Demare says farmers could pay a carbon tax on inputs such as fuel, fertilizer, chemicals and transportation at the time of purchase, but would apply for a rebate as they do with the federal Goods and Services Tax (GST).
Tax on the carbon emitted by farmers would be “dealt with in the same manner… and settled at the same time…” said a paper Demare distributed.
Attendees were asked to sign a petition asking the government to implement the plan.
Demare said without a rebate the farm community can’t escape bearing the full brunt of the tax because unlike other industries it can’t pass on the increased costs to consumers either here at home or internationally.
If farmers’ profits fall they, their communities and the economies of Manitoba and Canada will suffer, he said.
“Any type of carbon tax that comes forward and lands at the feet of agriculture destroys it,” Demare said.
The plan, developed by about 90 farmers at a meeting in Bruxelles, Man., has been presented at several events around the province and more are planned.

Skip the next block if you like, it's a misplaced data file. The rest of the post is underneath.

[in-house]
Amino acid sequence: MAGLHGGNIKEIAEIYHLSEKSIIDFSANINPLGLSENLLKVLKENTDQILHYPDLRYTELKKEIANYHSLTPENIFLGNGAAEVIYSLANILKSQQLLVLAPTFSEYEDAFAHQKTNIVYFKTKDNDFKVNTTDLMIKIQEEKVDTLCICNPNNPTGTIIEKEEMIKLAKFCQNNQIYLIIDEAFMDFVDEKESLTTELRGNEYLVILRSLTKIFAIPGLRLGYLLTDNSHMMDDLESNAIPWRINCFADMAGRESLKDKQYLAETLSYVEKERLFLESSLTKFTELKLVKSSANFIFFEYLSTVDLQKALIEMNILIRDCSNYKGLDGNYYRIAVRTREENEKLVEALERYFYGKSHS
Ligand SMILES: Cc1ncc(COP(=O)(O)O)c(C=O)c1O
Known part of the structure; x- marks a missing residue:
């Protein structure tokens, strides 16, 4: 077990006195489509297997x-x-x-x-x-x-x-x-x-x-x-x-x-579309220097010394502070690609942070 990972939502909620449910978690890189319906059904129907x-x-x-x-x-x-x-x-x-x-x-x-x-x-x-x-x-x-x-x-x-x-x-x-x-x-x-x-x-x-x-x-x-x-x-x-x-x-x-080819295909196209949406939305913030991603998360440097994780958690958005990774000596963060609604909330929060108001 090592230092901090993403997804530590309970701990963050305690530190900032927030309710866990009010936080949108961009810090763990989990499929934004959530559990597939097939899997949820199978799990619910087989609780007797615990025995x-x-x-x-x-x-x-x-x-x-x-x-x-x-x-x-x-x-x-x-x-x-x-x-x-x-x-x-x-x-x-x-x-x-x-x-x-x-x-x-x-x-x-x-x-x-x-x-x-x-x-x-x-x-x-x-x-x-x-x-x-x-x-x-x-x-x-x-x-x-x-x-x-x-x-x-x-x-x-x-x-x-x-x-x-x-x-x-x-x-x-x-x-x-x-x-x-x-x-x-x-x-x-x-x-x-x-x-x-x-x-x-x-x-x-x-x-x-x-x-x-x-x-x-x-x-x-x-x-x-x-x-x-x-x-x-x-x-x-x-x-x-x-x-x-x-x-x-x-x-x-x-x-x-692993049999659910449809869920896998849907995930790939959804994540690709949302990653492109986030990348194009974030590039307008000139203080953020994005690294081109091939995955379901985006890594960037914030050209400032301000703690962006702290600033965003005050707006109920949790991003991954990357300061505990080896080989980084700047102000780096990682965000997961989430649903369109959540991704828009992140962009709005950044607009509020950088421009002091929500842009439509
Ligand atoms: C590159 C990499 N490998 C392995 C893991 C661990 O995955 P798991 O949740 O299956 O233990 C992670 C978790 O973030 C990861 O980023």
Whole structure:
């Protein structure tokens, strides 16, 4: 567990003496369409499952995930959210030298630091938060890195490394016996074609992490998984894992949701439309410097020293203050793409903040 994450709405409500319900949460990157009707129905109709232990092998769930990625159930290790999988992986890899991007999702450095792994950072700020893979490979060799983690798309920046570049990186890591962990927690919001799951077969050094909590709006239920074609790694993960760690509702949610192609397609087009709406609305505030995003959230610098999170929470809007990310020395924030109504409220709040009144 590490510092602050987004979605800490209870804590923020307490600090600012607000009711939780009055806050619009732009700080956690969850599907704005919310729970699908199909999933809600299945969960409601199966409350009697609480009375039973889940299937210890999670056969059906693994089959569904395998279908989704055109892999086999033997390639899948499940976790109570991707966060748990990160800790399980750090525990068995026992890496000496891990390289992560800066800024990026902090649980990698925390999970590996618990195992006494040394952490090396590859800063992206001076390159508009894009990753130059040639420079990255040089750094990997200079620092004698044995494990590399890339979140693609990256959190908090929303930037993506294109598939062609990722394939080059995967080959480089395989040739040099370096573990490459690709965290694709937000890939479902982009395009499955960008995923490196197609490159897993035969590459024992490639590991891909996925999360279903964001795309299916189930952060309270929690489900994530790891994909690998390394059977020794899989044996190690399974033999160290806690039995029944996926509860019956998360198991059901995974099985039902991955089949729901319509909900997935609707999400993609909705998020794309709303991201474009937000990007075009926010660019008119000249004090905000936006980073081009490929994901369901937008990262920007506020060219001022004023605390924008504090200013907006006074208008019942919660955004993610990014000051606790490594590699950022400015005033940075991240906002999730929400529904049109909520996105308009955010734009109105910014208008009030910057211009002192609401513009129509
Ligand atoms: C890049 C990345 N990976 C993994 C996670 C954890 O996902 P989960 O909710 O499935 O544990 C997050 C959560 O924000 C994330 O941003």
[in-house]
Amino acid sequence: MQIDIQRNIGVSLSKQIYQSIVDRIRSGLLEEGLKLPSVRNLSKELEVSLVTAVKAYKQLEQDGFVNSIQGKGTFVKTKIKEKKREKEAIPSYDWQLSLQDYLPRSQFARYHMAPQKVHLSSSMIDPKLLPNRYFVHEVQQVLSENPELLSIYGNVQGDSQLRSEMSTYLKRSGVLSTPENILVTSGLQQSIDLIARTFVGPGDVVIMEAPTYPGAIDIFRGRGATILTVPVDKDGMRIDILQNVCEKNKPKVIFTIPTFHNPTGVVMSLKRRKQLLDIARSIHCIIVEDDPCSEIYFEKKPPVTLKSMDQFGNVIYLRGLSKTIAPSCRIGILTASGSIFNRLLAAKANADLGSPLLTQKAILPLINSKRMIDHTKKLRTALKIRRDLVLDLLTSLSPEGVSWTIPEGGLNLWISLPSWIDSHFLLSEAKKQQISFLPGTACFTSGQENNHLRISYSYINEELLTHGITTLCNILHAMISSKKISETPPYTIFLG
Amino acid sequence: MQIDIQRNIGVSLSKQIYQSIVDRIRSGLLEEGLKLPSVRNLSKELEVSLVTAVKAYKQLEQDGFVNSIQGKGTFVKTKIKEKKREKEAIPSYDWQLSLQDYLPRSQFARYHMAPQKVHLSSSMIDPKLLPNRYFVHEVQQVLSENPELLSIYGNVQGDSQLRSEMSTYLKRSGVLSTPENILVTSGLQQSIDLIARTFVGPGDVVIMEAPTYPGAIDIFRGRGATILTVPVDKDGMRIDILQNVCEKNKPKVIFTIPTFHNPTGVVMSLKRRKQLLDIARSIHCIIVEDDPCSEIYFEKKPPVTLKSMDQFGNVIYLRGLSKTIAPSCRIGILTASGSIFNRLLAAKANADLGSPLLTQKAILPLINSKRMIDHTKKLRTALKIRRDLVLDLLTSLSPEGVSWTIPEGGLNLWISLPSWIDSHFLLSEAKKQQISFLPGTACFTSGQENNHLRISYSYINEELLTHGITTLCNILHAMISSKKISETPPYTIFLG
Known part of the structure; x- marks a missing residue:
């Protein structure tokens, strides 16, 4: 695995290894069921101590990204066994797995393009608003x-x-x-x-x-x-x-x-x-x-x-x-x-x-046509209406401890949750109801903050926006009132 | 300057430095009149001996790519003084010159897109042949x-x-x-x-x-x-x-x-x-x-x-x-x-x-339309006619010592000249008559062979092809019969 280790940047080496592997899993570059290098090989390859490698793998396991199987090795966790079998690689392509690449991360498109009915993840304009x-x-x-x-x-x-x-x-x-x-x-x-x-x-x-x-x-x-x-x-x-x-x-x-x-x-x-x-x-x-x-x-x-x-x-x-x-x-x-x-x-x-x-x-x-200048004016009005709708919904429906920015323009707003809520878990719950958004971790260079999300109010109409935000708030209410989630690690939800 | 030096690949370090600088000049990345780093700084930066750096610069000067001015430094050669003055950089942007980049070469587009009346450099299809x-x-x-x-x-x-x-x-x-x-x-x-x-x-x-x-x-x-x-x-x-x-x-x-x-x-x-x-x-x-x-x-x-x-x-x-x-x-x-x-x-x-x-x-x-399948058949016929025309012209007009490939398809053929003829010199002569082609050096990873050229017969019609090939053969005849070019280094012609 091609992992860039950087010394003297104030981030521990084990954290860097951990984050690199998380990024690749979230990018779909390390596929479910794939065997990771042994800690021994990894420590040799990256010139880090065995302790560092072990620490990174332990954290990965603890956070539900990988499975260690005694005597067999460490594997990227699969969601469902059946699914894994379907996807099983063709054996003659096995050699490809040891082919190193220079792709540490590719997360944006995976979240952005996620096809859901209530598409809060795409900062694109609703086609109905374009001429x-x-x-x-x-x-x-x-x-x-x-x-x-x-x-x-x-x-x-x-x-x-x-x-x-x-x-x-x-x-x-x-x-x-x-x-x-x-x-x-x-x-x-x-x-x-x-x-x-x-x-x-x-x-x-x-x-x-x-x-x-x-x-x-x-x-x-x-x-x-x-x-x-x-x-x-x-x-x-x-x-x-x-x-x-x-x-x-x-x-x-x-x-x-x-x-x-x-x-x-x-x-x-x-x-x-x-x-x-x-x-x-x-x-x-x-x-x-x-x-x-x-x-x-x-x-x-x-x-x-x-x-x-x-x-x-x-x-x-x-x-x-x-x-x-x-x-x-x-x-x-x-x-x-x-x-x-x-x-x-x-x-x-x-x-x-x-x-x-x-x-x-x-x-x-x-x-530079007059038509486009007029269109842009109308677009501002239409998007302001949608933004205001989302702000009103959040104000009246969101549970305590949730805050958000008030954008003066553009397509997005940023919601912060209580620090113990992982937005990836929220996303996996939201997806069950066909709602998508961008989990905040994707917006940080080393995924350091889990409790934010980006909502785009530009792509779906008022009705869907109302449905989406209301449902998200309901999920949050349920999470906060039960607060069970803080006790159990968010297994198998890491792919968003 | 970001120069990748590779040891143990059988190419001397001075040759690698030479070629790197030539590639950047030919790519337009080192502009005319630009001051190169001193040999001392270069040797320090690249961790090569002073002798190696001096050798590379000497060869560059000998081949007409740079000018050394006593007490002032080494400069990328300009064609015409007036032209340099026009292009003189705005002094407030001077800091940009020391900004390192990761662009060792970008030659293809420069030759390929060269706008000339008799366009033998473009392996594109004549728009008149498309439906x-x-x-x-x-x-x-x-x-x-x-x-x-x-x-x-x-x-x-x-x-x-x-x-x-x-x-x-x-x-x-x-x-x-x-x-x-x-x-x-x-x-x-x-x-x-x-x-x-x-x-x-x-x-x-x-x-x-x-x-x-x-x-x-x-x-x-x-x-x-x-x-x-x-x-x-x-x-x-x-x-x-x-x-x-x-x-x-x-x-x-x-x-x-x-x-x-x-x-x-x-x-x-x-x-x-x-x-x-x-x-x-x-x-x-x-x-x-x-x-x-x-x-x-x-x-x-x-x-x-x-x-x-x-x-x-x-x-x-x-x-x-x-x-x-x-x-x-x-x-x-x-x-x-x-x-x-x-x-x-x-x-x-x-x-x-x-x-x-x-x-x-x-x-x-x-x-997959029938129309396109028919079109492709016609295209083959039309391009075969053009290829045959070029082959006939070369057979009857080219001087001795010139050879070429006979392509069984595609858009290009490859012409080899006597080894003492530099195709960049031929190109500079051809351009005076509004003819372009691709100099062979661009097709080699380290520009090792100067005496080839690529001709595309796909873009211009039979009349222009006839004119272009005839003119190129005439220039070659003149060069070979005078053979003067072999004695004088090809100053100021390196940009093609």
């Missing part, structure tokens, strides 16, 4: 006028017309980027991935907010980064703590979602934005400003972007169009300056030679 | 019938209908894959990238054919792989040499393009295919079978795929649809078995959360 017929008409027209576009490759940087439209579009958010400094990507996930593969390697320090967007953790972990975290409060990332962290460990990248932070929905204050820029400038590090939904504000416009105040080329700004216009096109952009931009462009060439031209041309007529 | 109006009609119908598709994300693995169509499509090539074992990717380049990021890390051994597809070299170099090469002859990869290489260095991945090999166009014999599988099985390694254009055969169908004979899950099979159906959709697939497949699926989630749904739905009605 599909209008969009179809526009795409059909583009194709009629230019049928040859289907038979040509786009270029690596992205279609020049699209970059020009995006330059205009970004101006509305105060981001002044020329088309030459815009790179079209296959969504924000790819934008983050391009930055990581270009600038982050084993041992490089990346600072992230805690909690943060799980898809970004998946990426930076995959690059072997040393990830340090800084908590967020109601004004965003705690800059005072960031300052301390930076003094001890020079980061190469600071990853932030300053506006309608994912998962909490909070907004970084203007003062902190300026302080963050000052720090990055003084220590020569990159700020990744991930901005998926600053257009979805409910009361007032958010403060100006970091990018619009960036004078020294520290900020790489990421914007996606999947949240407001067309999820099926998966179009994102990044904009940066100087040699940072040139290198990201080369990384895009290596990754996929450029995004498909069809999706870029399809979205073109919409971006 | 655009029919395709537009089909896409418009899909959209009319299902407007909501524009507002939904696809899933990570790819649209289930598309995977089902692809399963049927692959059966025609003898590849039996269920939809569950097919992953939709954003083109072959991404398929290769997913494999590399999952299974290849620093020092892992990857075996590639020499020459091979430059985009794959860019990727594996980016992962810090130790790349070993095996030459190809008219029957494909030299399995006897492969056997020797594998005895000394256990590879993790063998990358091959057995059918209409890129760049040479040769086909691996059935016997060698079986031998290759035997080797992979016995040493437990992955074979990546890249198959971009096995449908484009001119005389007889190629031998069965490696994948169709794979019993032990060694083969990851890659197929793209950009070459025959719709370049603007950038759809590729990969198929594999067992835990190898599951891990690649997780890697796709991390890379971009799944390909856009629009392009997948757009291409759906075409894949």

“We are not stopping,” Demare said.
It’s unclear how much of the carbon tax will be passed on to farmers. Presumably, it will vary with competition.
The Keystone Agricultural Producers (KAP) wants farmers exempted from paying a tax on carbon emitted directly from farm production, which would include emissions from burning fossil fuels, applying fertilizer, as well as methane from livestock and manure storage.
However, KAP acknowledges farmers would likely pay carbon taxes indirectly when buying products such as nitrogen fertilizer because companies will pass it on if they can.
According to Demare a rebate is harder for a government to cut than an exemption.
But Graydon was critical of a rebate.
“I don’t believe there is any benefit in collecting (a carbon tax) and paying bureaucrats to send the money back,” Graydon told the meeting. “That’s job creation and it doesn’t benefit society. So in saying that think about what you want to put on paper and what you want to put in a letter or what you want to put on a website that you can live with.”
A rebate doesn’t fit with the government’s plan to cut red tape, KAP president Dan Mazier said in an interview March 31.